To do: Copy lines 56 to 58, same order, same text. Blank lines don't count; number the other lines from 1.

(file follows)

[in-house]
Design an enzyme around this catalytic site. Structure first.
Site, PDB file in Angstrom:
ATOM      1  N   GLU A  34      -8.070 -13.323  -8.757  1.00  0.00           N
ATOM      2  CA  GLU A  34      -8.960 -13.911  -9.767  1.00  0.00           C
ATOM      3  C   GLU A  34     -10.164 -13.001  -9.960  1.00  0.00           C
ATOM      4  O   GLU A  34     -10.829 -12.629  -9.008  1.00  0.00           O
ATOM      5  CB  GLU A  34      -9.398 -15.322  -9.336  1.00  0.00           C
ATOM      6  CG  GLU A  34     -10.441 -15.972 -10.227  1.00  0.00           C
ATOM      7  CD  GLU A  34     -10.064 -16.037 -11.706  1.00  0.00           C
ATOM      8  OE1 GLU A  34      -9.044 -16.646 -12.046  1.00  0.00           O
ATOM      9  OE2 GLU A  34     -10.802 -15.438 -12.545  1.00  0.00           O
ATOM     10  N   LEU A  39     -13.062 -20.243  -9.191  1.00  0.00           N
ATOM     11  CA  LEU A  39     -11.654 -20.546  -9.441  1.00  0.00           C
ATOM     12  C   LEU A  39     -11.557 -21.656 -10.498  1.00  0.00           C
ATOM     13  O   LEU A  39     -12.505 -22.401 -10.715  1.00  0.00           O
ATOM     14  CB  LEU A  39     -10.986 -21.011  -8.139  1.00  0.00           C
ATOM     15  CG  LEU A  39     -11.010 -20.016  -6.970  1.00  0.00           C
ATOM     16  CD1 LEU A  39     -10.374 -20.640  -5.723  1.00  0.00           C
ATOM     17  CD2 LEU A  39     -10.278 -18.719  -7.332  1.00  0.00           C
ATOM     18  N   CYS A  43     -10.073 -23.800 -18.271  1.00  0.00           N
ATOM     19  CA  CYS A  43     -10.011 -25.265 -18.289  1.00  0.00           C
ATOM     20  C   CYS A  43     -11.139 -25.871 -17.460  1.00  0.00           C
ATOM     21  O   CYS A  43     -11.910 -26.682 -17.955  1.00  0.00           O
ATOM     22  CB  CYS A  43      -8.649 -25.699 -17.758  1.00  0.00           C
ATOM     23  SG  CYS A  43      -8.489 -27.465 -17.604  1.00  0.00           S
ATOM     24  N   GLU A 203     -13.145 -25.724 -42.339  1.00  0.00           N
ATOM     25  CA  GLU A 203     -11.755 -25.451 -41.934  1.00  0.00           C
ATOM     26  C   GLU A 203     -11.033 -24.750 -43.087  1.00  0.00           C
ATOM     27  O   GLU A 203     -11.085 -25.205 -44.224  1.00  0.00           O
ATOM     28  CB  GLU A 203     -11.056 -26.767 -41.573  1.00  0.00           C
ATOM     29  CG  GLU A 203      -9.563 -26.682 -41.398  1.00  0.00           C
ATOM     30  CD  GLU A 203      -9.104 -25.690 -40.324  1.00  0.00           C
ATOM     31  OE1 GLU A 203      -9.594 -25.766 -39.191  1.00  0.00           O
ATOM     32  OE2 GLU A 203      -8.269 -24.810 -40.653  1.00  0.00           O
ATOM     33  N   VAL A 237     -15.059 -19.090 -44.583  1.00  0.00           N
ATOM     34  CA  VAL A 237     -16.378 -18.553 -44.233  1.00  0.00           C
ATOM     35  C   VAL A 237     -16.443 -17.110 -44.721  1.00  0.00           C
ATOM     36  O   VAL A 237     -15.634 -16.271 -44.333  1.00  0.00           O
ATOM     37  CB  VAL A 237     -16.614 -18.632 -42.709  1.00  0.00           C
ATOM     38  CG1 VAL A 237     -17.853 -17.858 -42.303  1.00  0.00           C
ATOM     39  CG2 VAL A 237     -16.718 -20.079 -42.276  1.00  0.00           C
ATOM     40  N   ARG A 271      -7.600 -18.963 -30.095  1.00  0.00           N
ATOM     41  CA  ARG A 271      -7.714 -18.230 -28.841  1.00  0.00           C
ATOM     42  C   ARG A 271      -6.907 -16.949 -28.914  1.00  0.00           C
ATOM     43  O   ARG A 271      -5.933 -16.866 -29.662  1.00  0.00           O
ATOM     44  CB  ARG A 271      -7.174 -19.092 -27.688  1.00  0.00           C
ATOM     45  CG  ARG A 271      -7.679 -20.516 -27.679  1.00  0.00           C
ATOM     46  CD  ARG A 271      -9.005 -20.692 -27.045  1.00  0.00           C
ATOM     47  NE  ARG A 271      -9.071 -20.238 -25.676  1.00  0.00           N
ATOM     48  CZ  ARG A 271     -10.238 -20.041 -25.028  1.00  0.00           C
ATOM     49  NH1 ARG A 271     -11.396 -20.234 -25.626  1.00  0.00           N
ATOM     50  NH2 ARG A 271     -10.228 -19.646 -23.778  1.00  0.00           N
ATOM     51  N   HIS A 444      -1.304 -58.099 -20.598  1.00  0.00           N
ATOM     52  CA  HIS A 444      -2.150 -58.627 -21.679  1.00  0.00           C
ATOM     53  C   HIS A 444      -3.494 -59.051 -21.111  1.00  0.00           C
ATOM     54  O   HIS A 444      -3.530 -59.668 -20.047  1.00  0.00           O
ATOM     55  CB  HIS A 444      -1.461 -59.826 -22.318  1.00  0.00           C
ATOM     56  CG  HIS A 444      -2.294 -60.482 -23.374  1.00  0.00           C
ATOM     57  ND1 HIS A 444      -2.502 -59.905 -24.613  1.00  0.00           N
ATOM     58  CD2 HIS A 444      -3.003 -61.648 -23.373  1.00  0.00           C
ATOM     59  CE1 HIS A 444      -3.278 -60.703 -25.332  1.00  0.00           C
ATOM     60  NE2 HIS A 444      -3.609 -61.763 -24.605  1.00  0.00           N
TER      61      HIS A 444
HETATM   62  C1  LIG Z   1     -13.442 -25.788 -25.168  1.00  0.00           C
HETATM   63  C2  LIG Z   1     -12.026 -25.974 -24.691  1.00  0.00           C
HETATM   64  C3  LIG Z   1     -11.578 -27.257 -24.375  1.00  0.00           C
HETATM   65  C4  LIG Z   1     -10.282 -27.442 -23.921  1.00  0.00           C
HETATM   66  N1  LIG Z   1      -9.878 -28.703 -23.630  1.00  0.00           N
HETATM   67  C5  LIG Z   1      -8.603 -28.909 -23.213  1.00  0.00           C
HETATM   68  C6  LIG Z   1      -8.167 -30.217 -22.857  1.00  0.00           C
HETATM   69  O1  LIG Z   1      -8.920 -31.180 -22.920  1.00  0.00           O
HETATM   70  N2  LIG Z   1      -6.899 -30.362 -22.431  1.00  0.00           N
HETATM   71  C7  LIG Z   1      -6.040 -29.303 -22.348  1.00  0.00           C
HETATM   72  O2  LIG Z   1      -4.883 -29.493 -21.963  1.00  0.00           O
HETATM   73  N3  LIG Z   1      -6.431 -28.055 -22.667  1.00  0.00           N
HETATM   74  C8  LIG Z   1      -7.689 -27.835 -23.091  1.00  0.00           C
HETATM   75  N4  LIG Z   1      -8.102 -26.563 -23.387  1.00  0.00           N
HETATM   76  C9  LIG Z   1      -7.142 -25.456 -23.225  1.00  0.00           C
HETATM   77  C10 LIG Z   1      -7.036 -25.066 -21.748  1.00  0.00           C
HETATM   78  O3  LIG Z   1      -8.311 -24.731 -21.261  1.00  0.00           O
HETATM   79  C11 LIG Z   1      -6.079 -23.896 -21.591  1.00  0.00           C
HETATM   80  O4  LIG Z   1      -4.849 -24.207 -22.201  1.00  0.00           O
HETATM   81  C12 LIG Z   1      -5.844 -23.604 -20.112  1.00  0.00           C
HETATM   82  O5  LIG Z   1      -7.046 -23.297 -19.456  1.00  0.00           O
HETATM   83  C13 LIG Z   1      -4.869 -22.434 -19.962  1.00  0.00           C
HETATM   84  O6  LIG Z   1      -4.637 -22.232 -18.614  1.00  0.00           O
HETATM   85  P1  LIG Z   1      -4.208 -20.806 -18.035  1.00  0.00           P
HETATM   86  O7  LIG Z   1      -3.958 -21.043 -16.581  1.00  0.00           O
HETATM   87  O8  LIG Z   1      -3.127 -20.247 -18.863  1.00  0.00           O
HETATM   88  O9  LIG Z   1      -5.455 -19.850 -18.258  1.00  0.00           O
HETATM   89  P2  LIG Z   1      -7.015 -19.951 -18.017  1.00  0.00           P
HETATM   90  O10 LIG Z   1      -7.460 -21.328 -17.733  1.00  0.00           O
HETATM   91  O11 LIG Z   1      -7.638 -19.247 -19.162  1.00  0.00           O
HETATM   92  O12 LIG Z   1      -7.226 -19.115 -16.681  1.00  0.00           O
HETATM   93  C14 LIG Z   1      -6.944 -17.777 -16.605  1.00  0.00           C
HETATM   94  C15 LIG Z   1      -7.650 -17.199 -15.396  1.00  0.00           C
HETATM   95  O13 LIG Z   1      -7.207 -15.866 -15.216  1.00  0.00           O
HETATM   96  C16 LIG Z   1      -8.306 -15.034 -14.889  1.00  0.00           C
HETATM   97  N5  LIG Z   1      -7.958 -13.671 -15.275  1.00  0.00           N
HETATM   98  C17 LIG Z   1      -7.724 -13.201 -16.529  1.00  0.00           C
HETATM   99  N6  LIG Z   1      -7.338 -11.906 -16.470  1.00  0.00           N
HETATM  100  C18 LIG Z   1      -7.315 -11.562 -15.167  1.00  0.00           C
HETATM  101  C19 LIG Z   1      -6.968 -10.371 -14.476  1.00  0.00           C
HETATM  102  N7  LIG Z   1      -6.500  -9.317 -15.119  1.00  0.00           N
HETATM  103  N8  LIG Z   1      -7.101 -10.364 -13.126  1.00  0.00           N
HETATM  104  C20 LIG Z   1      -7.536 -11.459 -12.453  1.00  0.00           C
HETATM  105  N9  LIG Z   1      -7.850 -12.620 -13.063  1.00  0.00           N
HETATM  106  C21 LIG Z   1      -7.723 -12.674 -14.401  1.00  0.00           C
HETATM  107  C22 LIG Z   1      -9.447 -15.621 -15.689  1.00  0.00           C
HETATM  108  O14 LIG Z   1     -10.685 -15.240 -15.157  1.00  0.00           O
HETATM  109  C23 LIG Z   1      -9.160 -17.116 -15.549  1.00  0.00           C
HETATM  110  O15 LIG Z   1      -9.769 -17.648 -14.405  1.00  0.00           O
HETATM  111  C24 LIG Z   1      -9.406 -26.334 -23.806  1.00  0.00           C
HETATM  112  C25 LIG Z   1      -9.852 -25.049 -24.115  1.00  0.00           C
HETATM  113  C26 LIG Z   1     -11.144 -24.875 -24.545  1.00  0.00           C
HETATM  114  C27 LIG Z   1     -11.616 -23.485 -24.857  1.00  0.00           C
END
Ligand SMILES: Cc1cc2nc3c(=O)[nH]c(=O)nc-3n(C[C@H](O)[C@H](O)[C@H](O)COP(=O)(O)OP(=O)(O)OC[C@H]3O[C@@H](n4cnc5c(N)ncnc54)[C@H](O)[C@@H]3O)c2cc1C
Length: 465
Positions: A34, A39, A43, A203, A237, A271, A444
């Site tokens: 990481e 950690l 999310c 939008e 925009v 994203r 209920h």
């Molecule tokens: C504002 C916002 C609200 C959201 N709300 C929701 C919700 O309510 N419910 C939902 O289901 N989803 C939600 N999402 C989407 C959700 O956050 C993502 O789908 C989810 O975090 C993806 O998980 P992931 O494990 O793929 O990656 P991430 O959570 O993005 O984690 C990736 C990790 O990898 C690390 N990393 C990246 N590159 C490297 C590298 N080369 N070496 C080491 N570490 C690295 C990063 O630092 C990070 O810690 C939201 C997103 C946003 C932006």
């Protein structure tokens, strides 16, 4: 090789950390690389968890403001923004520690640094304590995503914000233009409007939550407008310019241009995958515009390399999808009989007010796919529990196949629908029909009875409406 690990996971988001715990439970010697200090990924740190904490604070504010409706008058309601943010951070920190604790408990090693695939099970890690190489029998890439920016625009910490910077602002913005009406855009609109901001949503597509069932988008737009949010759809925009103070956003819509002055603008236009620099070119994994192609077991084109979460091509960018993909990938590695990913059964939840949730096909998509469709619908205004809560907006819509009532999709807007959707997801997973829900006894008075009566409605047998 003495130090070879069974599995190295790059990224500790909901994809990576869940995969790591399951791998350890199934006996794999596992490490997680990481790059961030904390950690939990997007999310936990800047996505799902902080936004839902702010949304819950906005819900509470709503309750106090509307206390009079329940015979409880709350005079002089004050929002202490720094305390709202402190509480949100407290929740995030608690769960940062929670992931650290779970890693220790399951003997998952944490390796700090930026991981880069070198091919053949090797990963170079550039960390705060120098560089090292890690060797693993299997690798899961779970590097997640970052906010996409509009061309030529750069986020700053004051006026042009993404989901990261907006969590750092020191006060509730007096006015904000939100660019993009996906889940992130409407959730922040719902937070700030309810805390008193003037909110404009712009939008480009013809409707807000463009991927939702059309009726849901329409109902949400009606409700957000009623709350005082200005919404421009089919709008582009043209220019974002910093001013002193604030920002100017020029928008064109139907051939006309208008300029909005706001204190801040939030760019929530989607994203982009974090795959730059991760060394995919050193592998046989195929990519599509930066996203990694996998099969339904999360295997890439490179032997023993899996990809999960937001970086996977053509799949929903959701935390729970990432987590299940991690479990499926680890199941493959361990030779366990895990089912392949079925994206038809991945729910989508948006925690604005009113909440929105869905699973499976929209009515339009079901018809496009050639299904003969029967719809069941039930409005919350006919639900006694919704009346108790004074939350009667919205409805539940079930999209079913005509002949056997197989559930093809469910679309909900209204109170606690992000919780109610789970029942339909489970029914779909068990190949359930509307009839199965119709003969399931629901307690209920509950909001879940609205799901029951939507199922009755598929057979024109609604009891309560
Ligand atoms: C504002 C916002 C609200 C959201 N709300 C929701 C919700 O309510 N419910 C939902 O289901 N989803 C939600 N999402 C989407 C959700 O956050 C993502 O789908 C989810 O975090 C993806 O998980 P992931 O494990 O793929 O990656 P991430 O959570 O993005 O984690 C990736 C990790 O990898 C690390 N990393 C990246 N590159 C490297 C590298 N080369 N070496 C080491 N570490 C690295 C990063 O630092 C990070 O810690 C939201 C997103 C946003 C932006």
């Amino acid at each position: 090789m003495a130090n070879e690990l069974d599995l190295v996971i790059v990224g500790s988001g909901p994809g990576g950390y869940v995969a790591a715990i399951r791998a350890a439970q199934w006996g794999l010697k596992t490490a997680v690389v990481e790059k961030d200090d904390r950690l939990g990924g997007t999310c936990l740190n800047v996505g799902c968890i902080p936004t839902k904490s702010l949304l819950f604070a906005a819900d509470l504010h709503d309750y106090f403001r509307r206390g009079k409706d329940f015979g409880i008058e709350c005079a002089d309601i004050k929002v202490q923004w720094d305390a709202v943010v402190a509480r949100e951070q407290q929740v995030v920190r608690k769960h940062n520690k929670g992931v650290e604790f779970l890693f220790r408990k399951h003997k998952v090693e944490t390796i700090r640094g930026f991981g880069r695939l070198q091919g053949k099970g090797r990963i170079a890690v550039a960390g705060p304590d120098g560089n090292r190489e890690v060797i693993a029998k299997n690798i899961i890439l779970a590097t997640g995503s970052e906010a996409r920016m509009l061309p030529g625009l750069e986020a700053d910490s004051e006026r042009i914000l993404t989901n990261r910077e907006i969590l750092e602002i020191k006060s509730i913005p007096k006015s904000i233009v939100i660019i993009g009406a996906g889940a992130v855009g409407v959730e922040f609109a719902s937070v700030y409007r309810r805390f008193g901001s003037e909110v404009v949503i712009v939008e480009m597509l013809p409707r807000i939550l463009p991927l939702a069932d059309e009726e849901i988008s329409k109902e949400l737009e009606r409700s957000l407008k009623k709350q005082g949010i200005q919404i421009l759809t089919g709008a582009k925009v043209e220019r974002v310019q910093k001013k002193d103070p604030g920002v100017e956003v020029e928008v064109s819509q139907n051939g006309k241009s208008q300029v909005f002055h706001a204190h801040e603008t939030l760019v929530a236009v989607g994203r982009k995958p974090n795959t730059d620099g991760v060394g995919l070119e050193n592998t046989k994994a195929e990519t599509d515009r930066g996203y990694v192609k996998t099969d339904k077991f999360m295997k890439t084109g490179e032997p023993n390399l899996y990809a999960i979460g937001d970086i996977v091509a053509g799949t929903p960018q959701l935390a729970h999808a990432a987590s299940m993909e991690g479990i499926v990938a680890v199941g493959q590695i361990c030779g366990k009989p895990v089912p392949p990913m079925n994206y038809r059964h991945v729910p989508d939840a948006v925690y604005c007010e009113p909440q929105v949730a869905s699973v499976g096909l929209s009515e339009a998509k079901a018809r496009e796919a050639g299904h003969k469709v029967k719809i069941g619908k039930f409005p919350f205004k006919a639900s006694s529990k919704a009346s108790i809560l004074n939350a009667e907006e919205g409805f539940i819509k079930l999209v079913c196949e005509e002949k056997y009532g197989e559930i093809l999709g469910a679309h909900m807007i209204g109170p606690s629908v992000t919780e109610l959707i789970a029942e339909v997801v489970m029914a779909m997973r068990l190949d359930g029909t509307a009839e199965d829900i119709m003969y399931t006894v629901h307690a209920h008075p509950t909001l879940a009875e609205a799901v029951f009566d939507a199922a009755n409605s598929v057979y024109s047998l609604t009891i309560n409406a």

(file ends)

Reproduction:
ATOM     53  C   HIS A 444      -3.494 -59.051 -21.111  1.00  0.00           C
ATOM     54  O   HIS A 444      -3.530 -59.668 -20.047  1.00  0.00           O
ATOM     55  CB  HIS A 444      -1.461 -59.826 -22.318  1.00  0.00           C